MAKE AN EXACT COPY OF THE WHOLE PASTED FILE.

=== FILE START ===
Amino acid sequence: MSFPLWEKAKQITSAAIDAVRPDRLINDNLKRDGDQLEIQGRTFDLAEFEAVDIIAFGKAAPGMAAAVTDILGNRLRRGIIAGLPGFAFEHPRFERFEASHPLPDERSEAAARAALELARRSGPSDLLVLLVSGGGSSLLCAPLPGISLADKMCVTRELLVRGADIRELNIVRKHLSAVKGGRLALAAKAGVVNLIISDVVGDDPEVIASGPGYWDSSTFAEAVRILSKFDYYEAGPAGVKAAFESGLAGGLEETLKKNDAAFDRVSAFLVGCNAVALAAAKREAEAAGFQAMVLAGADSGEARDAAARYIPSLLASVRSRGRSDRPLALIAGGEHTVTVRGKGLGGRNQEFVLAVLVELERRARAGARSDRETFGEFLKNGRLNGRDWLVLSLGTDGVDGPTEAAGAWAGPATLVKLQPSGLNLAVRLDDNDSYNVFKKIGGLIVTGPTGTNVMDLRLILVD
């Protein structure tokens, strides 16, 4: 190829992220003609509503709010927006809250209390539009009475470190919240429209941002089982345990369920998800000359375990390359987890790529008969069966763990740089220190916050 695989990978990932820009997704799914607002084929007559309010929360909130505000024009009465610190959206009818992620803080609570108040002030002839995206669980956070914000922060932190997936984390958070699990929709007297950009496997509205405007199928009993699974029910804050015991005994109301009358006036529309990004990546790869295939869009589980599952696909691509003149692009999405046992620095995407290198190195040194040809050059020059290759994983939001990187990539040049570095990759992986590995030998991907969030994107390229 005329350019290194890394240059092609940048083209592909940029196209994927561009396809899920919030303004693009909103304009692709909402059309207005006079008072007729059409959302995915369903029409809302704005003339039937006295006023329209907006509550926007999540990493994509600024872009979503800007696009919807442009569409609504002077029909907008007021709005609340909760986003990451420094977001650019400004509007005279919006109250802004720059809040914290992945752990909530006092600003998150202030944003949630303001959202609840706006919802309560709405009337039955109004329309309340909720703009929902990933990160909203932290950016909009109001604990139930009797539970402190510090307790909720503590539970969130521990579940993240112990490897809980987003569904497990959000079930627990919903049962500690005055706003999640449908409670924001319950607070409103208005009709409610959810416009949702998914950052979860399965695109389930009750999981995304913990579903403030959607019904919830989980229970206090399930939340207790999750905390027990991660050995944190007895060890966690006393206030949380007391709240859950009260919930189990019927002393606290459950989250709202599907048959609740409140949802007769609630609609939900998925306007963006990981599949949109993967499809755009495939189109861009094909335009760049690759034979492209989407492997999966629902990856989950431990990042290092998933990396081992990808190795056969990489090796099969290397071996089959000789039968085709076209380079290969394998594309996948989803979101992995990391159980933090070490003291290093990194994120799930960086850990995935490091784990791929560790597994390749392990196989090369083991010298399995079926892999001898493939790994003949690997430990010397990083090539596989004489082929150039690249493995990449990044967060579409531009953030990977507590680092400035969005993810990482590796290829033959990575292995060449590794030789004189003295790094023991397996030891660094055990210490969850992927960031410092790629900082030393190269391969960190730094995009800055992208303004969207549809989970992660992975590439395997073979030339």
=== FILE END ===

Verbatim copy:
Amino acid sequence: MSFPLWEKAKQITSAAIDAVRPDRLINDNLKRDGDQLEIQGRTFDLAEFEAVDIIAFGKAAPGMAAAVTDILGNRLRRGIIAGLPGFAFEHPRFERFEASHPLPDERSEAAARAALELARRSGPSDLLVLLVSGGGSSLLCAPLPGISLADKMCVTRELLVRGADIRELNIVRKHLSAVKGGRLALAAKAGVVNLIISDVVGDDPEVIASGPGYWDSSTFAEAVRILSKFDYYEAGPAGVKAAFESGLAGGLEETLKKNDAAFDRVSAFLVGCNAVALAAAKREAEAAGFQAMVLAGADSGEARDAAARYIPSLLASVRSRGRSDRPLALIAGGEHTVTVRGKGLGGRNQEFVLAVLVELERRARAGARSDRETFGEFLKNGRLNGRDWLVLSLGTDGVDGPTEAAGAWAGPATLVKLQPSGLNLAVRLDDNDSYNVFKKIGGLIVTGPTGTNVMDLRLILVD
């Protein structure tokens, strides 16, 4: 190829992220003609509503709010927006809250209390539009009475470190919240429209941002089982345990369920998800000359375990390359987890790529008969069966763990740089220190916050 695989990978990932820009997704799914607002084929007559309010929360909130505000024009009465610190959206009818992620803080609570108040002030002839995206669980956070914000922060932190997936984390958070699990929709007297950009496997509205405007199928009993699974029910804050015991005994109301009358006036529309990004990546790869295939869009589980599952696909691509003149692009999405046992620095995407290198190195040194040809050059020059290759994983939001990187990539040049570095990759992986590995030998991907969030994107390229 005329350019290194890394240059092609940048083209592909940029196209994927561009396809899920919030303004693009909103304009692709909402059309207005006079008072007729059409959302995915369903029409809302704005003339039937006295006023329209907006509550926007999540990493994509600024872009979503800007696009919807442009569409609504002077029909907008007021709005609340909760986003990451420094977001650019400004509007005279919006109250802004720059809040914290992945752990909530006092600003998150202030944003949630303001959202609840706006919802309560709405009337039955109004329309309340909720703009929902990933990160909203932290950016909009109001604990139930009797539970402190510090307790909720503590539970969130521990579940993240112990490897809980987003569904497990959000079930627990919903049962500690005055706003999640449908409670924001319950607070409103208005009709409610959810416009949702998914950052979860399965695109389930009750999981995304913990579903403030959607019904919830989980229970206090399930939340207790999750905390027990991660050995944190007895060890966690006393206030949380007391709240859950009260919930189990019927002393606290459950989250709202599907048959609740409140949802007769609630609609939900998925306007963006990981599949949109993967499809755009495939189109861009094909335009760049690759034979492209989407492997999966629902990856989950431990990042290092998933990396081992990808190795056969990489090796099969290397071996089959000789039968085709076209380079290969394998594309996948989803979101992995990391159980933090070490003291290093990194994120799930960086850990995935490091784990791929560790597994390749392990196989090369083991010298399995079926892999001898493939790994003949690997430990010397990083090539596989004489082929150039690249493995990449990044967060579409531009953030990977507590680092400035969005993810990482590796290829033959990575292995060449590794030789004189003295790094023991397996030891660094055990210490969850992927960031410092790629900082030393190269391969960190730094995009800055992208303004969207549809989970992660992975590439395997073979030339």